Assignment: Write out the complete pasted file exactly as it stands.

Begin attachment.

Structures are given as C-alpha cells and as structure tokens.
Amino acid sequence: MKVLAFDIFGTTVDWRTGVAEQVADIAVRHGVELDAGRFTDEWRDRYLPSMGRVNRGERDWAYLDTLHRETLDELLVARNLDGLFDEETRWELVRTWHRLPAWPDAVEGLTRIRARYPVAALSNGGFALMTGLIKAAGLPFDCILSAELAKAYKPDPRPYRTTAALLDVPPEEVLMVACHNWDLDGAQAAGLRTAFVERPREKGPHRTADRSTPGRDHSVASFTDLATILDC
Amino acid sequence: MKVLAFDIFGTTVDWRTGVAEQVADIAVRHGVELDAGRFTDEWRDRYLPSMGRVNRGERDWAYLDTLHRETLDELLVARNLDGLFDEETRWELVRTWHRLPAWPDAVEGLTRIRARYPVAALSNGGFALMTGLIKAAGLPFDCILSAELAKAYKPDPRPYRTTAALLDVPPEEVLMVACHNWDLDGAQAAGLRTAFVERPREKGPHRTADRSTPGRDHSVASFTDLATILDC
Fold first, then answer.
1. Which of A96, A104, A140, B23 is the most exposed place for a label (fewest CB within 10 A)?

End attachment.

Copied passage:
Structures are given as C-alpha cells and as structure tokens.
Amino acid sequence: MKVLAFDIFGTTVDWRTGVAEQVADIAVRHGVELDAGRFTDEWRDRYLPSMGRVNRGERDWAYLDTLHRETLDELLVARNLDGLFDEETRWELVRTWHRLPAWPDAVEGLTRIRARYPVAALSNGGFALMTGLIKAAGLPFDCILSAELAKAYKPDPRPYRTTAALLDVPPEEVLMVACHNWDLDGAQAAGLRTAFVERPREKGPHRTADRSTPGRDHSVASFTDLATILDC
Amino acid sequence: MKVLAFDIFGTTVDWRTGVAEQVADIAVRHGVELDAGRFTDEWRDRYLPSMGRVNRGERDWAYLDTLHRETLDELLVARNLDGLFDEETRWELVRTWHRLPAWPDAVEGLTRIRARYPVAALSNGGFALMTGLIKAAGLPFDCILSAELAKAYKPDPRPYRTTAALLDVPPEEVLMVACHNWDLDGAQAAGLRTAFVERPREKGPHRTADRSTPGRDHSVASFTDLATILDC
Fold first, then answer.
1. Which of A96, A104, A140, B23 is the most exposed place for a label (fewest CB within 10 A)?